Dysfunctions in body processing have been documented in adults with brain damage, while limited information is available for children. This study aimed to investigate body processing in children and adolescents with traumatic brain injury (TBI) (N = 33), compared to peers with typical development. Two well‐known computerized body‐representation paradigms, namely Visual Body Recognition and Visuo‐spatial Imagery, were administered. Through the first paradigm, the body inversion and composite illusion effects were tested with a matching to sample task as measures of configural and holistic processing of others’ bodies, respectively. The second paradigm investigated with a laterality judgement task the ability to perform first‐person and object‐based mental spatial transformations of own body and external objects, respectively. Body stimuli did not convey any emotional contents or symbolic meanings. Patients with TBI had difficulties with mental transformations of both body and object stimuli, displaying deficits in motor and visual imagery abilities, not limited to body processing. Therefore, cognitive rehabilitation of body processing in TBI might benefit from the inclusion of both general training on visuo‐spatial abilities and specific exercises aimed at boosting visual body perception and motor imagery.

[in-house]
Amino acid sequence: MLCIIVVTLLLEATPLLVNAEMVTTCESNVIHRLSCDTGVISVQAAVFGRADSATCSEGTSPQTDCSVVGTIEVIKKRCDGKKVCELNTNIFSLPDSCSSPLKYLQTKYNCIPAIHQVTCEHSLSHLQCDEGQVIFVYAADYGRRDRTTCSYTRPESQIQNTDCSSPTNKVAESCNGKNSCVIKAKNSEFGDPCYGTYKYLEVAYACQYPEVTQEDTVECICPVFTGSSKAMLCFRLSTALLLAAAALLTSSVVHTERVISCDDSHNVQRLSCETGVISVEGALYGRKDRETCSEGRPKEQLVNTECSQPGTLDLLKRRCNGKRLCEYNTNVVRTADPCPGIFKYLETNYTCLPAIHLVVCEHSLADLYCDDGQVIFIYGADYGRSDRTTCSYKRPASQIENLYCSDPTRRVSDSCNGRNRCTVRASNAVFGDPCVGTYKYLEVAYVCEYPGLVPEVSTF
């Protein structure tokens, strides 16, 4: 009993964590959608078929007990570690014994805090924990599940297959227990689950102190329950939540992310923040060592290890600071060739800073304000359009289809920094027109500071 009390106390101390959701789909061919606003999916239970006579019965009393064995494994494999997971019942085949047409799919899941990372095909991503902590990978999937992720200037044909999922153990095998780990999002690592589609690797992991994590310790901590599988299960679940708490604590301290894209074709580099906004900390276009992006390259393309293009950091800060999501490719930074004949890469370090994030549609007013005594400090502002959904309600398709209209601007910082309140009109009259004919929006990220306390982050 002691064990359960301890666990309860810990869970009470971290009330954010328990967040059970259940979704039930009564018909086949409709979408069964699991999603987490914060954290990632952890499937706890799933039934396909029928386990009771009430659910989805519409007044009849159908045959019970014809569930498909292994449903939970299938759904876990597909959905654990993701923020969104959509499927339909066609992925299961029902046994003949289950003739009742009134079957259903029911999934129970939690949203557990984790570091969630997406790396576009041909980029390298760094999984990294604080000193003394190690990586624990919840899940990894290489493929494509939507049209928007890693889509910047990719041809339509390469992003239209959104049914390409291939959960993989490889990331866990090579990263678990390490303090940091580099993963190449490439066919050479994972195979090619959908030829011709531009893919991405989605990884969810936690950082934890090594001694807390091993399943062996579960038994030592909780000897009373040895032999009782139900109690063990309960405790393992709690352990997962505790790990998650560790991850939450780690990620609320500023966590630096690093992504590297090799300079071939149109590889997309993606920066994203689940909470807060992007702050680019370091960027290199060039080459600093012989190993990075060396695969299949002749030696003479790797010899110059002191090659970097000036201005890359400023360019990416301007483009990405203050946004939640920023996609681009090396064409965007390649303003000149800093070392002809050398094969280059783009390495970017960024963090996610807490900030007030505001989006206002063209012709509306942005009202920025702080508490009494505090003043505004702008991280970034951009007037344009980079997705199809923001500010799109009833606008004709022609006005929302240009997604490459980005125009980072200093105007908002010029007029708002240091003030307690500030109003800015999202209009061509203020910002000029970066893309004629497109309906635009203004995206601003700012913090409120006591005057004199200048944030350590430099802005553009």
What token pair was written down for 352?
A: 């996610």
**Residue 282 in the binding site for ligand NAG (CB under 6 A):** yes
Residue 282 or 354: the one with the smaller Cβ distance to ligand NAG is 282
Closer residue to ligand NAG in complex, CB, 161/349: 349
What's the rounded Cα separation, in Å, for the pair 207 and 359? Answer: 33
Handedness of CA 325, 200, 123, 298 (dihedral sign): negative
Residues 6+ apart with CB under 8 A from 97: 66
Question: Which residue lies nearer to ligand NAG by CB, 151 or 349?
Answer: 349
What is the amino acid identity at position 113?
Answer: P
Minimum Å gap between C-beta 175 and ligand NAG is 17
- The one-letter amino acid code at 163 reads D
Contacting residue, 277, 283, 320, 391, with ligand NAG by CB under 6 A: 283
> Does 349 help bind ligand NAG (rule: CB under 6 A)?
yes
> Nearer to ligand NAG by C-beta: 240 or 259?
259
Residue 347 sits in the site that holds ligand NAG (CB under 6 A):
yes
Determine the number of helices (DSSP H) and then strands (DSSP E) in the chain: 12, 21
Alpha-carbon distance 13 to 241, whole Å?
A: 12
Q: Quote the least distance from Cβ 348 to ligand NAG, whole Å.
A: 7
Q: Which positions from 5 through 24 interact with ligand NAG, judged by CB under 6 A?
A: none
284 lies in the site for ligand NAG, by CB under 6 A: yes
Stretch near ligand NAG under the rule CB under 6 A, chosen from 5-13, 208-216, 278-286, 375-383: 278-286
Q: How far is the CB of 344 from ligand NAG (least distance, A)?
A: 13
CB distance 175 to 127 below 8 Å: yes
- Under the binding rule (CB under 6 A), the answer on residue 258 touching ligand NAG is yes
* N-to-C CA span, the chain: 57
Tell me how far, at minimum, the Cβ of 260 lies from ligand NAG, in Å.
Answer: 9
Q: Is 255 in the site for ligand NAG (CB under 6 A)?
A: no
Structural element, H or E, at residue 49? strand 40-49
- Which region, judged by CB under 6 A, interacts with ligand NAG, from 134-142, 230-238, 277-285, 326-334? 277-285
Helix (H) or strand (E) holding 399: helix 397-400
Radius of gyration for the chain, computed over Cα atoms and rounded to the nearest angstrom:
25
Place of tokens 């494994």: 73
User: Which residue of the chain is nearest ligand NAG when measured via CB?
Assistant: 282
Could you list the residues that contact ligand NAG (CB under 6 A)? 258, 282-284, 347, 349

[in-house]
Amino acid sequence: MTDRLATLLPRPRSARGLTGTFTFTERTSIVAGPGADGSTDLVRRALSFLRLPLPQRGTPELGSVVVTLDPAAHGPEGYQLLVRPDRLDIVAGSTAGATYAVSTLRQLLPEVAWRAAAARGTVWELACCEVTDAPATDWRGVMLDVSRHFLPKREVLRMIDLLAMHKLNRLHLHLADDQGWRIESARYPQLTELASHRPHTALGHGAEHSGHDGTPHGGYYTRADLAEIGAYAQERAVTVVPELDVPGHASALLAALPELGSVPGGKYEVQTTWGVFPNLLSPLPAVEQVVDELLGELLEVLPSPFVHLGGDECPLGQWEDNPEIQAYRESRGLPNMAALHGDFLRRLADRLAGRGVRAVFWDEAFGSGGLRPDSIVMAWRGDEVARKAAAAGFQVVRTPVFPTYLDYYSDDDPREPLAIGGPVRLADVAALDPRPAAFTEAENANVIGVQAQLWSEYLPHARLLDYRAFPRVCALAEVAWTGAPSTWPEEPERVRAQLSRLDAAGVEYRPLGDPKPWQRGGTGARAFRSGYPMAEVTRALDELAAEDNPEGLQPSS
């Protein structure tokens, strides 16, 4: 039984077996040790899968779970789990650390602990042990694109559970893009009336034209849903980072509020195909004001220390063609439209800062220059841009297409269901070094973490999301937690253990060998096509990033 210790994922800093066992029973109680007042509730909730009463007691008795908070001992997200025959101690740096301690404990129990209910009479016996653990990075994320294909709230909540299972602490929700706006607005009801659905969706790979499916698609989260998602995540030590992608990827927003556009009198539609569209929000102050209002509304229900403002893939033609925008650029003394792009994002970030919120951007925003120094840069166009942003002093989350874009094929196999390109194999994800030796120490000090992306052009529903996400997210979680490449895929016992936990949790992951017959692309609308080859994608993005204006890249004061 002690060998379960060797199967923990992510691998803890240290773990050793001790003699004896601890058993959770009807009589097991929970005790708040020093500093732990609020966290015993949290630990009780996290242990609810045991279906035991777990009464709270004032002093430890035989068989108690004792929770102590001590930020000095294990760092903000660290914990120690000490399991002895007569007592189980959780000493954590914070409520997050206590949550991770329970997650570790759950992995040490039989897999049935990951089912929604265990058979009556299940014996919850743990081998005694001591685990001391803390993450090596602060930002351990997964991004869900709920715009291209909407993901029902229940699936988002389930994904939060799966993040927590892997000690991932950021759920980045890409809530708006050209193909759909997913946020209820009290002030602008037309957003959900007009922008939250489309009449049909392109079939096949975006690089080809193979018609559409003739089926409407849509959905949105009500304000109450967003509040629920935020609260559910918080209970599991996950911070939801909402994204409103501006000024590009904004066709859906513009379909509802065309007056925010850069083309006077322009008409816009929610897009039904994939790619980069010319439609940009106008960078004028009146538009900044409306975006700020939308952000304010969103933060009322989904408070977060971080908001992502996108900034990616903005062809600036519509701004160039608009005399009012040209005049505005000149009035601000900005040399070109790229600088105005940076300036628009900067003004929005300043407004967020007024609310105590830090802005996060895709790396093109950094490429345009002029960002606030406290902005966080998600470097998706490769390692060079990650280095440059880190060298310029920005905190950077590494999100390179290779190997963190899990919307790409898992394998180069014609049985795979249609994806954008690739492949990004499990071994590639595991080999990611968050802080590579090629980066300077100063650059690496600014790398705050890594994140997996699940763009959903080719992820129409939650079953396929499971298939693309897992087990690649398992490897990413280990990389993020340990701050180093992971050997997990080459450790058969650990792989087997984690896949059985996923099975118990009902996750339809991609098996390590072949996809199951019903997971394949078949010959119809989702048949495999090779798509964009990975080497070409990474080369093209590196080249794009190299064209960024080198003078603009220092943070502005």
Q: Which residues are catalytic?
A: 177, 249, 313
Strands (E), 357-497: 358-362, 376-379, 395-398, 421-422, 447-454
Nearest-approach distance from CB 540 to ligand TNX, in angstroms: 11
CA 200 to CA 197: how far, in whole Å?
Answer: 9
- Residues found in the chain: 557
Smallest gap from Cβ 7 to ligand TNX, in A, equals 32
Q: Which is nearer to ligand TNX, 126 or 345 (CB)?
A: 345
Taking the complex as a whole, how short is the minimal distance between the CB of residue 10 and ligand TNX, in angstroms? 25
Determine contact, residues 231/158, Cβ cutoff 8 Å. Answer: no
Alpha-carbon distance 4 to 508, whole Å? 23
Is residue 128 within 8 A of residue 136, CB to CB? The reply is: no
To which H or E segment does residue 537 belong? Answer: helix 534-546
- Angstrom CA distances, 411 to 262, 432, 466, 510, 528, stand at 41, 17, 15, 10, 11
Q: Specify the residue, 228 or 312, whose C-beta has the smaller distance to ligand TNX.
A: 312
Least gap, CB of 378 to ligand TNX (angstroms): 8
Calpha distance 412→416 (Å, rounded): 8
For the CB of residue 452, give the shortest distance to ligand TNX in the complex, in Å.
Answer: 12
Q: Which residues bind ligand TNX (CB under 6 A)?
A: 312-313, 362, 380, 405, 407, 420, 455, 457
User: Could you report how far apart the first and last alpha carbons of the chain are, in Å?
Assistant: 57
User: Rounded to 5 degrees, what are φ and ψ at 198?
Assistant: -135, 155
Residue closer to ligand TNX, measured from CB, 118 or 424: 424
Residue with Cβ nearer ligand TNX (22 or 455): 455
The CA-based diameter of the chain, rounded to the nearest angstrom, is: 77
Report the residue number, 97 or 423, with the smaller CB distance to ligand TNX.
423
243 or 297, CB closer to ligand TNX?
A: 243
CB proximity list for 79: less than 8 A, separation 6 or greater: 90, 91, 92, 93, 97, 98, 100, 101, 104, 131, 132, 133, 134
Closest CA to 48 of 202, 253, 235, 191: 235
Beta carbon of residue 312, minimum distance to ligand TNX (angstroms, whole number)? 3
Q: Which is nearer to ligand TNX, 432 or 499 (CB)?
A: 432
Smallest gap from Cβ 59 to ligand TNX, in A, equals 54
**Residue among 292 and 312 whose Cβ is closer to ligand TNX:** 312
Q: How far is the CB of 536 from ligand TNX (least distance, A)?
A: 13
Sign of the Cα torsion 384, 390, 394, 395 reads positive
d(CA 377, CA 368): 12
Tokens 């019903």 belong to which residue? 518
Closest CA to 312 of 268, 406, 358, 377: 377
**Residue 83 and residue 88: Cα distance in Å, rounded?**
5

Body Processing in Children and Adolescents with Traumatic Brain Injury: An Exploratory Study

Niccolò Butti;Cosimo Urgesi
2022-01-01

Abstract

Dysfunctions in body processing have been documented in adults with brain damage, while limited information is available for children. This study aimed to investigate body processing in children and adolescents with traumatic brain injury (TBI) (N = 33), compared to peers with typical development. Two well‐known computerized body‐representation paradigms, namely Visual Body Recognition and Visuo‐spatial Imagery, were administered. Through the first paradigm, the body inversion and composite illusion effects were tested with a matching to sample task as measures of configural and holistic processing of others’ bodies, respectively. The second paradigm investigated with a laterality judgement task the ability to perform first‐person and object‐based mental spatial transformations of own body and external objects, respectively. Body stimuli did not convey any emotional contents or symbolic meanings. Patients with TBI had difficulties with mental transformations of both body and object stimuli, displaying deficits in motor and visual imagery abilities, not limited to body processing. Therefore, cognitive rehabilitation of body processing in TBI might benefit from the inclusion of both general training on visuo‐spatial abilities and specific exercises aimed at boosting visual body perception and motor imagery.
2022
22-lug-2022
Pubblicato
https://www.mdpi.com/2076-3425/12/8/962
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Utilizza questo identificativo per citare o creare un link a questo documento: https://hdl.handle.net/11368/3038026
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